Insipid and Kindly

My friend, thou canst look it up in the New Testament. But when what has to be attained by preaching and teaching Christianity is an agreeable, a pleasurable life in a position of prestige, then the picture of Christ must be altered considerably. As for ‘garnishing’ no, there will be no sparing on that: gold, diamonds, rubies, etc. No, the priest is glad to see that and makes men believe that this is Christianity. But severity, the severity which is inseparable from the seriousness of eternity, that must go. Christ thus becomes a languishing figure, the impersonation of insipid human kindliness. This is related to the consideration that the plate must be passed during the sermon and the congregation must be in a mood to spend something, to shell out freely; and above all it is related to the desire prompted by fear of men to be on good terms with people, whereas the Christianity of the New Testament is: in the fear of God to suffer for the doctrine at the hands of men.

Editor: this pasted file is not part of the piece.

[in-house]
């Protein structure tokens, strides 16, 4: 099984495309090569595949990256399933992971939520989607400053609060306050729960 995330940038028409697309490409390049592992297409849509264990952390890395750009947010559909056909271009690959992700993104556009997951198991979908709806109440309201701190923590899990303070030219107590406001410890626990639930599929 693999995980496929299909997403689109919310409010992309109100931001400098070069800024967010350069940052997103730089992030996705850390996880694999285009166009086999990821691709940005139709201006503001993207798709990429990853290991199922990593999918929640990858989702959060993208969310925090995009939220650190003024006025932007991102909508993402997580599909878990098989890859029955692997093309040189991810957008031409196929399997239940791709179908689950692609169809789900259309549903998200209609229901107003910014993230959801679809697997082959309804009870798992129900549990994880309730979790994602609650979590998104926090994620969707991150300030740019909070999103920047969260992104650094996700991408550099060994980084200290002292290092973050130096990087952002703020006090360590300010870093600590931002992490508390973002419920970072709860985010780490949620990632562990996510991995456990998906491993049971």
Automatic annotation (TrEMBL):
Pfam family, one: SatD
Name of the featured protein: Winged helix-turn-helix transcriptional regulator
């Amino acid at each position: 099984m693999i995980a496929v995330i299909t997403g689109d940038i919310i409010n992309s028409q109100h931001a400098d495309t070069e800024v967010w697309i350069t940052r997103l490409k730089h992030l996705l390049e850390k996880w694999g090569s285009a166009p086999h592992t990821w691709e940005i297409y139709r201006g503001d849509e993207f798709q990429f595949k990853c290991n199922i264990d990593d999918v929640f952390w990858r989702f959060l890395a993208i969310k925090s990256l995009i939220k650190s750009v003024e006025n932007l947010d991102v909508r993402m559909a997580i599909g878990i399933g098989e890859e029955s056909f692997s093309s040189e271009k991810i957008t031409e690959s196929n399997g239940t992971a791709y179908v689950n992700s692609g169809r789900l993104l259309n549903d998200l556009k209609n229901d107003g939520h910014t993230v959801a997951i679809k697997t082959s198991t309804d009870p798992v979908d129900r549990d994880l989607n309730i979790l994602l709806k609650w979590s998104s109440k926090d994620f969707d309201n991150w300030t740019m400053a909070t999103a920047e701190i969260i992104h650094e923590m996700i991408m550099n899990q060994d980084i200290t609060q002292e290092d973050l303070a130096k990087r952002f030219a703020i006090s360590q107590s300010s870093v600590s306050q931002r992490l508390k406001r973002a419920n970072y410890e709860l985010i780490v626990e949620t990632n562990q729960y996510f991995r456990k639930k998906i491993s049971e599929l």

Søren Kierkegard, Attack Upon “Christendom”, pp 123-4.